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Obituary – Louise Glatt, 1936-2022


“It wasn’t just my dad who impacted the music world in Ottawa,” said Margot Glatt, eldest of the three Glatt children. “They really did it as a team.”

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When Louise Glatt arrived in Ottawa in the mid-50s with her Canadian husband, Harvey, there wasn’t much to do in the city. Compared to her hometown of New York City, where she grew up studying music and going to museums, galleries and concerts, she saw Ottawa as a cultural wasteland. 

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“We came here when it was a desert,” Louise recalled, revealing her trademark frankness during a 2017 interview with this newspaper. “This was a capital city with what? Nothing. No zoo, no aquarium, none of the things that cities had.” 

During 66 years of marriage, Harvey and Louise played lead roles in enriching the arts scene in Ottawa. While Harvey almost always got the credit, Louise was right there beside him as they opened the first record store in Ottawa, Treble Clef, and then expanded the business into a chain of 15 stores. In addition to operating the legendary Ottawa coffeehouse Le Hibou, they launched the Bass Clef concert-promotion business and founded a radio station, CHEZ-FM, that was sold to Rogers and is still going strong today. 

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“It wasn’t just my dad who impacted the music world in Ottawa,” said Margot Glatt, eldest of the three Glatt children. “They really did it as a team. Much of what was decided in their lives with regards to music or charities or anything, they did it together because they’ve been a team for 66 years, and he respected her opinion.”

Louise died May 26 after a period of declining health. She was 85. 

Harvey and Louise Glatt were married for 66 years.
Harvey and Louise Glatt were married for 66 years. Photo by Family photo /Handout

Harvey and Louise met in Potsdam, N.Y., where she was attending music school and he was in college. The way he tells the story, he saw a beautiful girl at a Jewish service in nearby Massena, then spotted her again on campus later and asked a friend to find out who she was. Their first date took place over coffee.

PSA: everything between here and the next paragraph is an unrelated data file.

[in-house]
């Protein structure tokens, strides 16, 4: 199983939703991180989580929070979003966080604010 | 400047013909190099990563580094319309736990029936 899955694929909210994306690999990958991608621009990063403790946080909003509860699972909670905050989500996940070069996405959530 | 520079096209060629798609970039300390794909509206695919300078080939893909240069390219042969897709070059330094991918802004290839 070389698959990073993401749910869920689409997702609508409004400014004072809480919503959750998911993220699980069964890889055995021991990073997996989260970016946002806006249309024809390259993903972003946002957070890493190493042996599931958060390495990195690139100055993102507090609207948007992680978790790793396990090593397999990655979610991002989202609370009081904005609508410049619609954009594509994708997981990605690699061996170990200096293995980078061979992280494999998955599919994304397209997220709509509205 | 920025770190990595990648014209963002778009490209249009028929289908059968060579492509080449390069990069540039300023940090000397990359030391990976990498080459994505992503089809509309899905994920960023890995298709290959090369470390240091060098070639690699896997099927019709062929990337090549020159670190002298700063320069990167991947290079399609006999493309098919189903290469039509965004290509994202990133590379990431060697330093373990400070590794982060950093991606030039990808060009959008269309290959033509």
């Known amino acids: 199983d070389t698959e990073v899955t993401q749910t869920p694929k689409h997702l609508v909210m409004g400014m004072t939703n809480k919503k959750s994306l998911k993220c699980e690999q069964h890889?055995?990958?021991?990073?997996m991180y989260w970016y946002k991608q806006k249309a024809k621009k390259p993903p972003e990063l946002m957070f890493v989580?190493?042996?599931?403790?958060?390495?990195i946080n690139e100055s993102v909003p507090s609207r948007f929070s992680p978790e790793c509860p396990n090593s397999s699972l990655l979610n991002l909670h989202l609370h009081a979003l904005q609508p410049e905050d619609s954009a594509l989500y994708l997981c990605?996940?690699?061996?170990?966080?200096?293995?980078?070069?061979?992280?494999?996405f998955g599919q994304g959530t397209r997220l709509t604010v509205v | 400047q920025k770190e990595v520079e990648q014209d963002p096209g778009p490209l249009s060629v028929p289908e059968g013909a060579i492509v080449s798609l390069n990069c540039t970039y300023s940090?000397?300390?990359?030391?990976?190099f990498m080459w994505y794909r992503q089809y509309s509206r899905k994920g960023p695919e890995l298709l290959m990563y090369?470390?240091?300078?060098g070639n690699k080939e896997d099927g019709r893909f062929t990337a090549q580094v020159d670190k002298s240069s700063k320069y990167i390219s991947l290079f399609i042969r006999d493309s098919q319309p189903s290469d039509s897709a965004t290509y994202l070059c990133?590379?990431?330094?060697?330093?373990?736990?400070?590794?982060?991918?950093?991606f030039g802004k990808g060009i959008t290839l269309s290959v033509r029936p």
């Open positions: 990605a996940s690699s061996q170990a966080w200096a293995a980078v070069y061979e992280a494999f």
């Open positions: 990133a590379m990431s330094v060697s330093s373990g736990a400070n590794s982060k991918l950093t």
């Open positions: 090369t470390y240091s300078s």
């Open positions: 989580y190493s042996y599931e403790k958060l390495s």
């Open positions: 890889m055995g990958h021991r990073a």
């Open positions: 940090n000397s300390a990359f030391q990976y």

While they bonded over a love of music and arts, Louise was also impressed by Harvey’s manners, she recalled during that 2017 interview. “He opened the car door for me,” she said. “A lot of American kids were very fast. He was good-mannered, modest, quiet. Not ostentatious in anything he did. And no pretence, he was straight up and straightforward. I’m from New York; that’s not what I was used to.”

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During the early years of show biz in Ottawa, the couple became known for the after-parties at their sprawling mid-century home, where artists like Pete Seeger, Supertramp, Bruce Cockburn and Gordon Lightfoot could wind down after shows. With a grand piano in the living room, the couple also hosted intimate house concerts. 

Trained as a classical pianist, Louise had the talent to play practically any instrument and specialized in introducing pre-schoolers to music, a topic explored in her one book, What To Do Until The Music Teacher Comes, published in the 1970s. 

To her, bragging was intolerable and she avoided the spotlight as much as possible. Her demeanour was unpretentious — she didn’t wear makeup, jewellery or fancy clothes and didn’t like having her picture taken. 

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Behind the scenes, when she wasn’t helping out at a record store or box office, Louise was a dedicated volunteer. She gave music instruction to special-education children at Connaught Public School, helped refugee women improve their literacy, played piano for Alzheimer’s patients and taught music to adults with developmental disabilities. 

The volunteer work was important to Louise, her husband said, because “she was a very caring, giving person. It was her thing, to give one on one, and she felt really good about it. She enjoyed it.” 

Louise was also generous with her philanthropic support of organizations and individuals, often preferring to do so anonymously. In one recent example of her generosity, she supported an immigrant family by funding their daughter’s nursing-school education. 

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A recent family photo fo Harvey and Louise Glatt.
A recent family photo fo Harvey and Louise Glatt. Photo by Margot Glatt /Handout

Friends say Louise had a wicked sense of humour and could be a “prickly” and irreverent character who said exactly what was on her mind, but at the same time she had enormous patience for those she taught and compassion for people who were struggling. She also loved to read and engage in lively conversations with friends.

Still, in the eyes of friends and family, Louise’s greatest passion was for her husband. Daughter Nancy described their love as “sweet and gooey. 

“I’ve never seen anything like it,” she said. “He was her pistachio ice cream, her marshmallows, anything sweet. She really looked at him like he was candy.“ 

Daughter Margo concurred: “They had a love story for the ages. They shared a love of food and travel and music and the arts, and, honestly, they just lived to be with one another.”

lsaxberg@postmedia.com

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